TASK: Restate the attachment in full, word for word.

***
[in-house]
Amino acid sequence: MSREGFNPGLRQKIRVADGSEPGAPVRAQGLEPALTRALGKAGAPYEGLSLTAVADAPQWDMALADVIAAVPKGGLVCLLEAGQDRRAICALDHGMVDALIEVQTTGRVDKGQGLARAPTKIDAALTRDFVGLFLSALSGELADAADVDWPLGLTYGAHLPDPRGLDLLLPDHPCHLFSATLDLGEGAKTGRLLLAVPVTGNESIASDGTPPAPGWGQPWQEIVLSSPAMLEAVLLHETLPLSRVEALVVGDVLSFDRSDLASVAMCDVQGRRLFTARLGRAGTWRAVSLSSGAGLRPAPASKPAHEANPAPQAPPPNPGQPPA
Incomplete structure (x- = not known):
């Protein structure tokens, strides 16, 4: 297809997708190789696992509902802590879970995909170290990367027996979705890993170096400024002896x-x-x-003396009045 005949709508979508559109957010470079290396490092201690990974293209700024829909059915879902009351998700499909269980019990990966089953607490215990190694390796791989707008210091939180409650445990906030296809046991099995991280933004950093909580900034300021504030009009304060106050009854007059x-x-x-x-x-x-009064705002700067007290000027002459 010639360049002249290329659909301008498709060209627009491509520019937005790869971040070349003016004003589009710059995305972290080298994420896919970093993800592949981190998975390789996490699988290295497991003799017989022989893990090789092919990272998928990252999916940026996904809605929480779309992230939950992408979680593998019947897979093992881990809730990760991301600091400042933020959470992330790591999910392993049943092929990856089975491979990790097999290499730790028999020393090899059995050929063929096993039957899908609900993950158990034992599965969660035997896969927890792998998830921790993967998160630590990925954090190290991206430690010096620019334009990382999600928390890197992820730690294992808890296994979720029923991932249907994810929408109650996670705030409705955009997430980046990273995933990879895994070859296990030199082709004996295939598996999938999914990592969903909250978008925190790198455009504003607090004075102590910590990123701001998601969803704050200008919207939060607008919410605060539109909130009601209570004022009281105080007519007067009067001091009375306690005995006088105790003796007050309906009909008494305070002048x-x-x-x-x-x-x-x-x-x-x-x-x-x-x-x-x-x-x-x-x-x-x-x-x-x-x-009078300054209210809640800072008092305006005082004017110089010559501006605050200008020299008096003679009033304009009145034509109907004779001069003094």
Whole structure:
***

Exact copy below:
[in-house]
Amino acid sequence: MSREGFNPGLRQKIRVADGSEPGAPVRAQGLEPALTRALGKAGAPYEGLSLTAVADAPQWDMALADVIAAVPKGGLVCLLEAGQDRRAICALDHGMVDALIEVQTTGRVDKGQGLARAPTKIDAALTRDFVGLFLSALSGELADAADVDWPLGLTYGAHLPDPRGLDLLLPDHPCHLFSATLDLGEGAKTGRLLLAVPVTGNESIASDGTPPAPGWGQPWQEIVLSSPAMLEAVLLHETLPLSRVEALVVGDVLSFDRSDLASVAMCDVQGRRLFTARLGRAGTWRAVSLSSGAGLRPAPASKPAHEANPAPQAPPPNPGQPPA
Incomplete structure (x- = not known):
């Protein structure tokens, strides 16, 4: 297809997708190789696992509902802590879970995909170290990367027996979705890993170096400024002896x-x-x-003396009045 005949709508979508559109957010470079290396490092201690990974293209700024829909059915879902009351998700499909269980019990990966089953607490215990190694390796791989707008210091939180409650445990906030296809046991099995991280933004950093909580900034300021504030009009304060106050009854007059x-x-x-x-x-x-009064705002700067007290000027002459 010639360049002249290329659909301008498709060209627009491509520019937005790869971040070349003016004003589009710059995305972290080298994420896919970093993800592949981190998975390789996490699988290295497991003799017989022989893990090789092919990272998928990252999916940026996904809605929480779309992230939950992408979680593998019947897979093992881990809730990760991301600091400042933020959470992330790591999910392993049943092929990856089975491979990790097999290499730790028999020393090899059995050929063929096993039957899908609900993950158990034992599965969660035997896969927890792998998830921790993967998160630590990925954090190290991206430690010096620019334009990382999600928390890197992820730690294992808890296994979720029923991932249907994810929408109650996670705030409705955009997430980046990273995933990879895994070859296990030199082709004996295939598996999938999914990592969903909250978008925190790198455009504003607090004075102590910590990123701001998601969803704050200008919207939060607008919410605060539109909130009601209570004022009281105080007519007067009067001091009375306690005995006088105790003796007050309906009909008494305070002048x-x-x-x-x-x-x-x-x-x-x-x-x-x-x-x-x-x-x-x-x-x-x-x-x-x-x-009078300054209210809640800072008092305006005082004017110089010559501006605050200008020299008096003679009033304009009145034509109907004779001069003094």
Whole structure: